The Florida Highway Patrol is on the defensive after a number of lawsuits were filed earlier this summer, stemming from a string of devastating Florida car accidents along I-75 in Gainesville in January and alleging that FHP was negligent in allowing motorists to travel along the smoke and fog-covered road.

A total of 13 lawsuits related to the Jan. 29 wrecks had been filed against the state as of Aug.10, the Associated Press reports. The accidents began about half an hour after FHP officers re-opened the highway, which had been blocked off due to smoke and fog. Eleven people were killed, including a Baptist minister, his wife and daughter, and another 18 hospitalized in accidents involving 25 cars.

“Some cars were crushed under the bellies of big rigs,” according to the Orlando Sentinel’s Mike Schneider. “Others burst into flames and sent metal shrapnel flying through the air, horrifying witnesses watching the violence along Interstate 75.”

Officers said it was unclear whether the brushfire causing the smoke was purposely set. It continued to blaze for days after the accidents.

A report issued by the Florida Department of Law Enforcement in April faulted FHP for the decision to open the road to traffic and failing to put up signs warning motorists of the dangerous conditions. FHP officers did not act with criminal intent, according to the report. “Everyone on duty that night acted in a manner they felt was appropriate,” FDLE Spokeswoman Gretl Plessinger told WCTV.

Nevertheless, FDLE found that FHP failed to heed the warning of at least one trooper on site on the day of the accidents who warned against re-opening the highway. The FDLE report additionally found that FHP lacks an appropriate protocol for determining whether to re-open roads closed due to poor visibility.

FHP responded to the report in August, defending its actions and maintaining that weather and driver error were to blame for the accidents. “[N]o amount of planning or policy will take the place of driver reaction to low visibility and unpredictable conditions,” FHP said in a statement.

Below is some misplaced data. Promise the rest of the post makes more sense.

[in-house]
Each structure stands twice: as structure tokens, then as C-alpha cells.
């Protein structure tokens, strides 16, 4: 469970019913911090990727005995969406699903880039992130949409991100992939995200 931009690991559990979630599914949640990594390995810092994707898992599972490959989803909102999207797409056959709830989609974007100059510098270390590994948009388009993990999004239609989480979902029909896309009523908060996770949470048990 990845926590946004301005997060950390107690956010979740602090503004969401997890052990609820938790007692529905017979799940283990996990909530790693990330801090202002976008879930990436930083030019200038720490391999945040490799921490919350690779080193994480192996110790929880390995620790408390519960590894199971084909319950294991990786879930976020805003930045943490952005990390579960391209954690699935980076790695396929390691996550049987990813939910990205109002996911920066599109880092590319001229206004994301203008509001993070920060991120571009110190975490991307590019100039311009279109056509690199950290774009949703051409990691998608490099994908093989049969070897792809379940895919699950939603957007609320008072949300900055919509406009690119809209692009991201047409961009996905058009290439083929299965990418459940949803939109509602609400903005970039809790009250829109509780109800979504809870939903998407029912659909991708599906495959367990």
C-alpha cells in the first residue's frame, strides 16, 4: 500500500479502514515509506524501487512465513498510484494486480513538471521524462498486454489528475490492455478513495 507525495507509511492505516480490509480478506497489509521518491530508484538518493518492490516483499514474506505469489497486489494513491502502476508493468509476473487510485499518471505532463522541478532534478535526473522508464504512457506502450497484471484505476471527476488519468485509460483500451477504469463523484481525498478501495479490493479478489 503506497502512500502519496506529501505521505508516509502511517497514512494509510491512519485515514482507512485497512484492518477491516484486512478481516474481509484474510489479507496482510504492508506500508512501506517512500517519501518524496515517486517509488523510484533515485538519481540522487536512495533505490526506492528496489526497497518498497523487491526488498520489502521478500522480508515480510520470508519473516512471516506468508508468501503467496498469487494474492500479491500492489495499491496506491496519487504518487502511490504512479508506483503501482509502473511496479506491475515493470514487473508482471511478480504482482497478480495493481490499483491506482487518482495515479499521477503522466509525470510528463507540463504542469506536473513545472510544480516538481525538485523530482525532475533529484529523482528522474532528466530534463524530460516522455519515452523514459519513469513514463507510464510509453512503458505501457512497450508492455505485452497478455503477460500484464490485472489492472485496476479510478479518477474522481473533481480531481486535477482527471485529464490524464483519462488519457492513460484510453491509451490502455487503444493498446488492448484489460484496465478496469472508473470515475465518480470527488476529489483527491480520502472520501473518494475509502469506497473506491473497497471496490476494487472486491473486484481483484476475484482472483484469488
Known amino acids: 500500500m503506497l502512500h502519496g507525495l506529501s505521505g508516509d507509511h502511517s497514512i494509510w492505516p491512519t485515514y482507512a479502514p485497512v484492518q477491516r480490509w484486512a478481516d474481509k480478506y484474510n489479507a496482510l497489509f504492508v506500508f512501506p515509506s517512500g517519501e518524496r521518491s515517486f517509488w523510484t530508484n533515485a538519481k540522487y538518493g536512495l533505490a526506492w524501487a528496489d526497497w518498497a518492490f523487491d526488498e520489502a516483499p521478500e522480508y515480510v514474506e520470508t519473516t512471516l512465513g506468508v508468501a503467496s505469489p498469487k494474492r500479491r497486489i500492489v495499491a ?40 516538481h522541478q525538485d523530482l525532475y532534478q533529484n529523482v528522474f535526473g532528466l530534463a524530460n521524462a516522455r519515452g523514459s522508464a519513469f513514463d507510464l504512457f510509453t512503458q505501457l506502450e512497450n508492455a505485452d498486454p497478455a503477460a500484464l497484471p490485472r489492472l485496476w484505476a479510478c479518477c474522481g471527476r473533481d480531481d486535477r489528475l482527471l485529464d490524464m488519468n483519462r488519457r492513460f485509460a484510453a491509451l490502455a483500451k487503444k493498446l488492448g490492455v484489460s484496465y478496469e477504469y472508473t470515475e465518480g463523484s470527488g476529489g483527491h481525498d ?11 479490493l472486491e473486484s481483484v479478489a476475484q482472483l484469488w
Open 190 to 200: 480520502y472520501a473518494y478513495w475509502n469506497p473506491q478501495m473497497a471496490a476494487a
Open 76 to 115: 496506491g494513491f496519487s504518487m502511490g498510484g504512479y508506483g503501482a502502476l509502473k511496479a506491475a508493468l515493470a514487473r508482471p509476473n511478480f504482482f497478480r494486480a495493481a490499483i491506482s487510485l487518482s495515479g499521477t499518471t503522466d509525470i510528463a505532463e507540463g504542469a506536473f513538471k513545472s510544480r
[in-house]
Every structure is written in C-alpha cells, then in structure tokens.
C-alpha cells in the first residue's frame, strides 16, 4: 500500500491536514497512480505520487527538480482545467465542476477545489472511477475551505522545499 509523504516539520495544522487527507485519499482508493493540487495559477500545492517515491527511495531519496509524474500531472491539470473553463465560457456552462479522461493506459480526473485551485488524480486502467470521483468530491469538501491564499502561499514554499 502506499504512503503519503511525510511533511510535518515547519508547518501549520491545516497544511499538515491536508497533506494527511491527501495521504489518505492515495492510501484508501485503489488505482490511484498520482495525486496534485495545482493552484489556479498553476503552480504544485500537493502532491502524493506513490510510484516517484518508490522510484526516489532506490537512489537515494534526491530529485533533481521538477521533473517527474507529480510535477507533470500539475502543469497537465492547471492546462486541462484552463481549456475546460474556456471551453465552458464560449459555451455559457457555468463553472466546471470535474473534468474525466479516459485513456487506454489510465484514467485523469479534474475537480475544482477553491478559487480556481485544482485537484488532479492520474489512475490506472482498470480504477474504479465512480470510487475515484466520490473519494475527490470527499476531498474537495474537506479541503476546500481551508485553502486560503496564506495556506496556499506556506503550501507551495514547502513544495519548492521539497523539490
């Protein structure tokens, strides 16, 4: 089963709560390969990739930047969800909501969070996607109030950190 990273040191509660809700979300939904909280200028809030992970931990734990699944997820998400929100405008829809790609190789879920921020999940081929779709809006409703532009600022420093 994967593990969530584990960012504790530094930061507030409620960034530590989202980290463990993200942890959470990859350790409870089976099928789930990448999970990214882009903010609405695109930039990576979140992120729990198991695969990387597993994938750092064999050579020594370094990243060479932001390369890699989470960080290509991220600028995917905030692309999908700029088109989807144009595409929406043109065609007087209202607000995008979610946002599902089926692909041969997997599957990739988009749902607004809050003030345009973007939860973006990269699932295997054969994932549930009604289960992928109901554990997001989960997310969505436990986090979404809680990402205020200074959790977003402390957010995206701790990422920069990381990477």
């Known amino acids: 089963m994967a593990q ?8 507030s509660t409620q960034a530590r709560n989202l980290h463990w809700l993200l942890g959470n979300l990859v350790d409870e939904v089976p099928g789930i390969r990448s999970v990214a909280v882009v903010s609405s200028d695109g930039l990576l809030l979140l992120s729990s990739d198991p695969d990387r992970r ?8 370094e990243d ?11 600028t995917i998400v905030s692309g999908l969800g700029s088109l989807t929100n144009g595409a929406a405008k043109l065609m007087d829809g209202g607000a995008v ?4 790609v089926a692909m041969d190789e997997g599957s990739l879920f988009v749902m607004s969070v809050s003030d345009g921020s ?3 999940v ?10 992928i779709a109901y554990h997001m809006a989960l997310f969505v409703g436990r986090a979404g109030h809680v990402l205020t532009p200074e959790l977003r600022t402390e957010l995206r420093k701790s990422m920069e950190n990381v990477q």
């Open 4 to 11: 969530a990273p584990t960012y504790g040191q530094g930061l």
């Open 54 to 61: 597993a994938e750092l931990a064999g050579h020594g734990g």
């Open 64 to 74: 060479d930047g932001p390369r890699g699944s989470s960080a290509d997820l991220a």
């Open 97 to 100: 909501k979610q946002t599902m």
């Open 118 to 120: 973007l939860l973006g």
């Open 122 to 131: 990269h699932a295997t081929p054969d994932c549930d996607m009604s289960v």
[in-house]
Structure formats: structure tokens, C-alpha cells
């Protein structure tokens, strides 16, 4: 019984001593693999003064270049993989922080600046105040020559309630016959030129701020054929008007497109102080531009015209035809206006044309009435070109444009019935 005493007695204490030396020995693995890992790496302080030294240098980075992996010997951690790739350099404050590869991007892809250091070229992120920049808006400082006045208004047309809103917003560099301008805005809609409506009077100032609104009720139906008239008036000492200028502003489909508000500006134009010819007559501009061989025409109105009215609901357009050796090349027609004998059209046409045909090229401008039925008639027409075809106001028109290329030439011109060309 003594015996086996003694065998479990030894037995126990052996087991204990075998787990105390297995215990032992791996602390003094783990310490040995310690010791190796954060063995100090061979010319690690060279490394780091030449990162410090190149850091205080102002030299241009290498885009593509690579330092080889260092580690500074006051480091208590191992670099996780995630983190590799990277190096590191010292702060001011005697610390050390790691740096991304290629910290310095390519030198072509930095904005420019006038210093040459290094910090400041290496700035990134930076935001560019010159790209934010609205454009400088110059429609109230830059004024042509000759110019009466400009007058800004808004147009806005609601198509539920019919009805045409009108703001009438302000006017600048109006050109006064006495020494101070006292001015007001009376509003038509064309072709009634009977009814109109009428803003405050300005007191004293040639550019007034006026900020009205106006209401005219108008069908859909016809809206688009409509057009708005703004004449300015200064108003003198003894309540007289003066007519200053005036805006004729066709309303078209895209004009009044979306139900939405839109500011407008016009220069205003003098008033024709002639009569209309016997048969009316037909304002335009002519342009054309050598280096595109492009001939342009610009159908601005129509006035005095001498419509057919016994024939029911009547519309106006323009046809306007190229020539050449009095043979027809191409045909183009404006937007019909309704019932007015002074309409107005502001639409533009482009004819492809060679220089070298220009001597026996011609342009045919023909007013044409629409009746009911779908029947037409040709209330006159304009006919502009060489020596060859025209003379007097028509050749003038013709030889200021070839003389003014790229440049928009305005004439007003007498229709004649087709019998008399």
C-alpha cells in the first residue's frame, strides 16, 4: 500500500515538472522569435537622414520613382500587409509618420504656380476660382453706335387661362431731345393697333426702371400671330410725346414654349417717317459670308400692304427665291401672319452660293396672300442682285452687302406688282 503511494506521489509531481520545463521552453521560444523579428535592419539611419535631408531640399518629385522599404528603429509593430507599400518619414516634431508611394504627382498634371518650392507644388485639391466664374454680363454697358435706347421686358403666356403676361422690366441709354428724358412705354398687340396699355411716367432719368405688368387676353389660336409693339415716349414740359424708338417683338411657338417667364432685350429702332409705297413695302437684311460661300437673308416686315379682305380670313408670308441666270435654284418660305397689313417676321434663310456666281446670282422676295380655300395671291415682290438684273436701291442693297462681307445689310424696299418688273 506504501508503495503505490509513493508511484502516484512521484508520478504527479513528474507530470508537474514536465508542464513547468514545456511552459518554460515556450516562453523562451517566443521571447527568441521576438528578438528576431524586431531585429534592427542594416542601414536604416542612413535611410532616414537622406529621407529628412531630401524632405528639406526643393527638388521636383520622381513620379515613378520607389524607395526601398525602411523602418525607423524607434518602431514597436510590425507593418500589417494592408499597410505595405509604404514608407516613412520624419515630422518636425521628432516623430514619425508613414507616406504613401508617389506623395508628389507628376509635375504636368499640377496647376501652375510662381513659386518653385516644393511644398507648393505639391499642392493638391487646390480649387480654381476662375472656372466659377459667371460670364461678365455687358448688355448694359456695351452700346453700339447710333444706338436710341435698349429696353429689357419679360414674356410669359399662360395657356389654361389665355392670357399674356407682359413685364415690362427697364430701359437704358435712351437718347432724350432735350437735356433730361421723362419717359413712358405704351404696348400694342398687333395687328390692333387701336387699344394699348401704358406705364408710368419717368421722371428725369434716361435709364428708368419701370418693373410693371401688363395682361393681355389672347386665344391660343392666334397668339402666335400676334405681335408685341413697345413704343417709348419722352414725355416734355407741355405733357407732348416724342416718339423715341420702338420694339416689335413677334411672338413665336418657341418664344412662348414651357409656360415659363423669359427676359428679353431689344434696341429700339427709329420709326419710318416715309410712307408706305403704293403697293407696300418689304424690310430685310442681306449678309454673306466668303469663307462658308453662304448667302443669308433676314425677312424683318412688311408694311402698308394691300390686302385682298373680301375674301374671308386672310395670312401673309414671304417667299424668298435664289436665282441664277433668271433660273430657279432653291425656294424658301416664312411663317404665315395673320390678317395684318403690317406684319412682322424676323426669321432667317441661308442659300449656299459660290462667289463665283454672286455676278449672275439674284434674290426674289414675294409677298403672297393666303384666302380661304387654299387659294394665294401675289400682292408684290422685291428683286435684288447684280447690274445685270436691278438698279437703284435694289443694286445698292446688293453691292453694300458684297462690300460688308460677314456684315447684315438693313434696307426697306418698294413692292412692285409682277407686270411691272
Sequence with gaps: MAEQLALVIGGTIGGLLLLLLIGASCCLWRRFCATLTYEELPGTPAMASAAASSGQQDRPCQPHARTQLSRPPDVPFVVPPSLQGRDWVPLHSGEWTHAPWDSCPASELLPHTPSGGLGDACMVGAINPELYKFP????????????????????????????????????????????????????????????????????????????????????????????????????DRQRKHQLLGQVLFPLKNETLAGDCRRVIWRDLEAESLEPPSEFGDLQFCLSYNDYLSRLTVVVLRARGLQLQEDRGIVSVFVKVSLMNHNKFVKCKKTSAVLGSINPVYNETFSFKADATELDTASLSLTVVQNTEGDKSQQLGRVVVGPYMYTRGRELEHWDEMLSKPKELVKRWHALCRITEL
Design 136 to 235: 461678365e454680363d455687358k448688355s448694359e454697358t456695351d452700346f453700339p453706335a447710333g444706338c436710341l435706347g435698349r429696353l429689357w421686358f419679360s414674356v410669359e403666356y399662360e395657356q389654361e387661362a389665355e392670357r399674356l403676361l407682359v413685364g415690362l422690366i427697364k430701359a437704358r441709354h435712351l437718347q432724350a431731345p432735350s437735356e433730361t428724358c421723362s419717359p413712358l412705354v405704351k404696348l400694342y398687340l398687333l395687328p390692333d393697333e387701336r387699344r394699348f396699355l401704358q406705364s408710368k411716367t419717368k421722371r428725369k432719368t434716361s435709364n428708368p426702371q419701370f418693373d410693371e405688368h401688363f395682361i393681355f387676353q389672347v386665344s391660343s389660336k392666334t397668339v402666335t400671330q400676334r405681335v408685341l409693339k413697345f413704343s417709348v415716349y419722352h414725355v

Given the severity of the accidents, the fatalities and the serious injuries incurred, other lawsuits are likely on the way. Unfortunately, none of the legal wrangling will bring back the people who died in the accidents. Nevertheless, their families – as well as those who were injured in the accidents – may be entitled to some form of legal relief, such as damages covering medical expenses, loss of income, as well as pain and suffering.

Automobile accidents are the leading cause of death in Florida and the United States. They are also the leading cause of traumatic brain and spinal cord injuries. The South Florida car accident attorneys at Anidjar & Levine work hard to zealously represent clients throughout the area, including Hialeah, Pompano Beach and Boca Raton. If you were involved in a car collision, call Anidjar & Levine’s Fort Lauderdale office today at 800-747-3733 or submit an on-line “Contact Us” form for a free consultation with an experienced personal injury lawyer.

Related blog posts:

The Presumption of Negligence in a Multi-Car Rear End Accident – Shirey v. State Farm

Court: Paralyzed Car Accident Plaintiff Not Injured By Alleged Failure to Wear Seatbelt – Henry v. Hoelke

Causation In Florida Car Accident Litigation – Durse v. Henn